BAGHDAD - Kidnappers who seized dozens of men from an Iraqi government building two days ago tortured and killed some of their hostages, the minister for higher education has said, citing the testimony of freed hostages.
The comments from Abd Dhiab, who also said some 70 staff were still missing, underlined the rifts in the government of Prime Minister Nuri al-Maliki, who has insisted that all but a handful of around 40 hostages have been freed.
Tuesday's raid by gunmen in police uniform raised new fears that sectarian militias were out of control, despite US calls for Maliki to disband armed groups loyal to his Shi'ite allies.
Briefing senators in Washington, the US commander for the Middle East said Iraqi forces had responded well to the kidnap on Tuesday and police commanders had been dismissed. Gen. John Abizaid said he was optimistic Iraq could be stabilised as US forces trained and equipped their Iraqi counterparts.
He cautioned against suggestions from the new Democratic congressional leadership for setting a timetable for US withdrawal but said the 141,000 US troops now in Iraq were sufficient.
Higher Education Minister Dhiab told Reuters on Thursday that around 70 hostages had been released out of about 150 staff and visitors originally seized from one of his ministry's buildings in central Baghdad.
"There are a number of people who were killed, they are employees and guards," Dhiab said, without specifying how many.
"According to the people released, they were killed by torture," he said, adding that several of those released were in shock after being tortured themselves.
Dhiab, a member of a Sunni Arab party in the Shi'ite-led government, reaffirmed his determination to boycott the government until all the hostages are released.
With momentum growing in Washington for a change in tack to force Iraqis to impose order and bring US troops home, Maliki has played down Tuesday's daylight raid. He left Baghdad for a two-day visit to Turkey on Thursday with several ministers.
Dhiab has said the hostages were taken to a Shi'ite militia stronghold in Baghdad.
The father of one ministry employee who had said on Wednesday he feared for his son's life told Reuters on Thursday his son, a Sunni, had now been released.
A spokesman for the higher education ministry said officials were compiling a full list of names of those seized.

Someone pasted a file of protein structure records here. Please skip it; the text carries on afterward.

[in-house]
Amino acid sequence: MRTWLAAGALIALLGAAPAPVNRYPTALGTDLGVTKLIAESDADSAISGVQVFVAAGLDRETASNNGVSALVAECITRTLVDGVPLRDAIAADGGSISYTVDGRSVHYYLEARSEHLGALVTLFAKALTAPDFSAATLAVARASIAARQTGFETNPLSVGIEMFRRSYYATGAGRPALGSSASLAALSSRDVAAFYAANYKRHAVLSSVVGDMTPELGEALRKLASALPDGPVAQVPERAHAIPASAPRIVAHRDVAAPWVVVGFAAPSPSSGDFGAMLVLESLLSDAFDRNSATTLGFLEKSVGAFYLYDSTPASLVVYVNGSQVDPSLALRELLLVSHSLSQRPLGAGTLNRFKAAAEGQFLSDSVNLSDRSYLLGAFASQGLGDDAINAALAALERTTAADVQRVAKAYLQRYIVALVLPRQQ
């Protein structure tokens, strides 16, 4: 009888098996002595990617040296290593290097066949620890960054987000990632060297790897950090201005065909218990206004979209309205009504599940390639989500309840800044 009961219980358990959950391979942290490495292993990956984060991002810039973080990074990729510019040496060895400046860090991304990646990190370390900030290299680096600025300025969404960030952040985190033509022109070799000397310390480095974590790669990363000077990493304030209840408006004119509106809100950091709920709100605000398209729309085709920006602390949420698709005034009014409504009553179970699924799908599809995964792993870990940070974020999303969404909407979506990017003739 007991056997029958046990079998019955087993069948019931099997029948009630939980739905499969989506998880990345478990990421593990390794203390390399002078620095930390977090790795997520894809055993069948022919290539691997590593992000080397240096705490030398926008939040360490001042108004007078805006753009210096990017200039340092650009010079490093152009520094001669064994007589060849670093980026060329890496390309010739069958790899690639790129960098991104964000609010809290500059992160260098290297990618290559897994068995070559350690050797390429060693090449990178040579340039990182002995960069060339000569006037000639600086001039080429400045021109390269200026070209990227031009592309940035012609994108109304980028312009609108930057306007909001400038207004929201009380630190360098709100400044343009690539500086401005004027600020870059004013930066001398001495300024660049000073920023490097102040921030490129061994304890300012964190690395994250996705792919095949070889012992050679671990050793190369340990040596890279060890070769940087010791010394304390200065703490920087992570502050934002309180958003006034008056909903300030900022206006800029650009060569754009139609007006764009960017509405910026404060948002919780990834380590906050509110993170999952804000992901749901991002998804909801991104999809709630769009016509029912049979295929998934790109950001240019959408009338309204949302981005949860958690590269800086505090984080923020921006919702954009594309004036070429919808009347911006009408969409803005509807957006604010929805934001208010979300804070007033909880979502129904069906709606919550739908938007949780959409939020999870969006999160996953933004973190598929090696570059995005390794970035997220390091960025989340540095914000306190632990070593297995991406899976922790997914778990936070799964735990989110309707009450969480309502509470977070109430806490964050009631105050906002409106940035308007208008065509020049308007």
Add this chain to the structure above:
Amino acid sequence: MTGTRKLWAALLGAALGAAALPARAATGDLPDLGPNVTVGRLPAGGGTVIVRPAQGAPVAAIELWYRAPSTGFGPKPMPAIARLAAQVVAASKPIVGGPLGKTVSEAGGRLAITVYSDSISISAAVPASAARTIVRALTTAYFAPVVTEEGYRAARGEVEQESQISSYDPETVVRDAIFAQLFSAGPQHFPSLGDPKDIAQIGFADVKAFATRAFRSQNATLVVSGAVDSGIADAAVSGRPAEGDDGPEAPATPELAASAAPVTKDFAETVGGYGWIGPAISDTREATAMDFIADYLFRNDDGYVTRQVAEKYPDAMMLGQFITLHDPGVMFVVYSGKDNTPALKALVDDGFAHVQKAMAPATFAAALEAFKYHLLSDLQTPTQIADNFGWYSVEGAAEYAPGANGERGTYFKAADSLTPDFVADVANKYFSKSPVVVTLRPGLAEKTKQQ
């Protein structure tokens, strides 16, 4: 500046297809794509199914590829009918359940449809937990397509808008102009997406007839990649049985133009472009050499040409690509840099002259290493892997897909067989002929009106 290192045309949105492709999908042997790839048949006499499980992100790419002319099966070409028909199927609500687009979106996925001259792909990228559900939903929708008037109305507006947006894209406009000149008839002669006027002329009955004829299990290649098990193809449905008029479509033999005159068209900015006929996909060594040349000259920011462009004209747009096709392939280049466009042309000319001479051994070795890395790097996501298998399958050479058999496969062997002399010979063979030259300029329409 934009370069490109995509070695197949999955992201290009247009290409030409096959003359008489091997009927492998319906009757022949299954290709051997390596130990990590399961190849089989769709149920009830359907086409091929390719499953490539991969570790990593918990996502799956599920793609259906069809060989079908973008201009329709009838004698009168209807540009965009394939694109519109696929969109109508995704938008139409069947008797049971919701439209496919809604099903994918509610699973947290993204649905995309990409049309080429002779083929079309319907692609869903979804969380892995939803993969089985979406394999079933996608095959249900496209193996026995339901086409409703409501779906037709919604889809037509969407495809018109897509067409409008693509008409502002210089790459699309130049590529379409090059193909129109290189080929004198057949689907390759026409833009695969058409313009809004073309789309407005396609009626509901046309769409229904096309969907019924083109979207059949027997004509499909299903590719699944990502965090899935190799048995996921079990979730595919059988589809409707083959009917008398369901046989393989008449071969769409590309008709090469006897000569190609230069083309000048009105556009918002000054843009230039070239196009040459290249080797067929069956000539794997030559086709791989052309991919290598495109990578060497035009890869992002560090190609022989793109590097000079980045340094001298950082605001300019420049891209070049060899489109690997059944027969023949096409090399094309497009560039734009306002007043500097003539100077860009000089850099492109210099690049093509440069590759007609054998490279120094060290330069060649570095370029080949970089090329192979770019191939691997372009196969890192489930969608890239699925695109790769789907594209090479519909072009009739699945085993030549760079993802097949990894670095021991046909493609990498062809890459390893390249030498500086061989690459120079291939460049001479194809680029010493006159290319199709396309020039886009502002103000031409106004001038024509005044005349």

It included at least 100 employees of two departments in the building, as well as some 50 visitors. After the release of around 70 -- including 30 freed on Wednesday -- dozens were still unaccounted for, the spokesman said.
The main government spokesman, however, said on Wednesday that 37 people had been freed and only a handful were still missing.
In the latest spasm of violence on Thursday, gunmen opened fire on a bakery in mainly Shi'ite east Baghdad, killing nine people and wounding two, police said.
On Wednesday, an Interior Ministry source said 55 unidentified bodies, most of them tortured and shot, were found in Baghdad, and more than 40 other deaths were reported in Iraq.
On Thursday, the US military reported the deaths of four US soldiers, taking the number of US deaths since the start of the March 2003 invasion to at least 2,863.
Dhiab said both Sunnis and Shi'ites, were among the hostages so far freed, joining other senior officials in playing down indications that the raid had a sectarian motive.
Several senior policemen were taken in for questioning after the raid, which raised questions about the extent of complicity between the U.S.-trained security forces and Shi'ite militias.
Recruiting and training over 300,000 Iraqis as soldiers and police has been a major part of US strategy. But question marks hang over their competence and cohesion in the face of forces that are pushing Iraq towards civil war.
Gen. Abizaid, who met Maliki on Monday, said violence had eased since August, when he warned of civil war. It was too early to say Iraq had "turned the corner", however, and bloodshed was still at "unacceptably high" levels, he said.